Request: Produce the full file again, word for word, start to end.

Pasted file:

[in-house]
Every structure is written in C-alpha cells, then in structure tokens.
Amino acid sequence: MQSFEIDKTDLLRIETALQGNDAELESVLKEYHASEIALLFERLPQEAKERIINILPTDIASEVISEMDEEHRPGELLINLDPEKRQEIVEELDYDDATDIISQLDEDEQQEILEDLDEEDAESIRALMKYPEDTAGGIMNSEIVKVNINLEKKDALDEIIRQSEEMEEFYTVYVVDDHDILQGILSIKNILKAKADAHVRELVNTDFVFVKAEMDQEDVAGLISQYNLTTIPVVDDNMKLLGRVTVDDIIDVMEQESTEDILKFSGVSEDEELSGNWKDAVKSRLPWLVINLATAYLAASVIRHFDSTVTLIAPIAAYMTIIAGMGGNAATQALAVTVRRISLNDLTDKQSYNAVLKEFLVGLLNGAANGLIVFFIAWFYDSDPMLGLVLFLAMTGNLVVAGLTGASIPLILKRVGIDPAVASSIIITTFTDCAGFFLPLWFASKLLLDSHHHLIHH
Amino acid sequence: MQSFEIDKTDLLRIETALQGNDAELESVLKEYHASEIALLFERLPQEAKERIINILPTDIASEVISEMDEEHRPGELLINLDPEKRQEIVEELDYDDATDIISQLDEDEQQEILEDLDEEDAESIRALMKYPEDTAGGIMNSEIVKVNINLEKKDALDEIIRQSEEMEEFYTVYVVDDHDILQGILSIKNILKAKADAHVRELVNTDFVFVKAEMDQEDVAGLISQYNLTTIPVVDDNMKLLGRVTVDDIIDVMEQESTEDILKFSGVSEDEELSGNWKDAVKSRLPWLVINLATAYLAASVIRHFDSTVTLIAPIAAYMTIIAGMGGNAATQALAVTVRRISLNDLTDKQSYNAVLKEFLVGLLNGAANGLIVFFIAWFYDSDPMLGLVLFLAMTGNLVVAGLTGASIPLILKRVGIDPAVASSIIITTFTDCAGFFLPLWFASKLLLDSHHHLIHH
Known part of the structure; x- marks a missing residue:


[in-house]
Every structure is written in C-alpha cells, then in structure tokens.
Amino acid sequence: MQSFEIDKTDLLRIETALQGNDAELESVLKEYHASEIALLFERLPQEAKERIINILPTDIASEVISEMDEEHRPGELLINLDPEKRQEIVEELDYDDATDIISQLDEDEQQEILEDLDEEDAESIRALMKYPEDTAGGIMNSEIVKVNINLEKKDALDEIIRQSEEMEEFYTVYVVDDHDILQGILSIKNILKAKADAHVRELVNTDFVFVKAEMDQEDVAGLISQYNLTTIPVVDDNMKLLGRVTVDDIIDVMEQESTEDILKFSGVSEDEELSGNWKDAVKSRLPWLVINLATAYLAASVIRHFDSTVTLIAPIAAYMTIIAGMGGNAATQALAVTVRRISLNDLTDKQSYNAVLKEFLVGLLNGAANGLIVFFIAWFYDSDPMLGLVLFLAMTGNLVVAGLTGASIPLILKRVGIDPAVASSIIITTFTDCAGFFLPLWFASKLLLDSHHHLIHH
Amino acid sequence: MQSFEIDKTDLLRIETALQGNDAELESVLKEYHASEIALLFERLPQEAKERIINILPTDIASEVISEMDEEHRPGELLINLDPEKRQEIVEELDYDDATDIISQLDEDEQQEILEDLDEEDAESIRALMKYPEDTAGGIMNSEIVKVNINLEKKDALDEIIRQSEEMEEFYTVYVVDDHDILQGILSIKNILKAKADAHVRELVNTDFVFVKAEMDQEDVAGLISQYNLTTIPVVDDNMKLLGRVTVDDIIDVMEQESTEDILKFSGVSEDEELSGNWKDAVKSRLPWLVINLATAYLAASVIRHFDSTVTLIAPIAAYMTIIAGMGGNAATQALAVTVRRISLNDLTDKQSYNAVLKEFLVGLLNGAANGLIVFFIAWFYDSDPMLGLVLFLAMTGNLVVAGLTGASIPLILKRVGIDPAVASSIIITTFTDCAGFFLPLWFASKLLLDSHHHLIHH
Known part of the structure; x- marks a missing residue: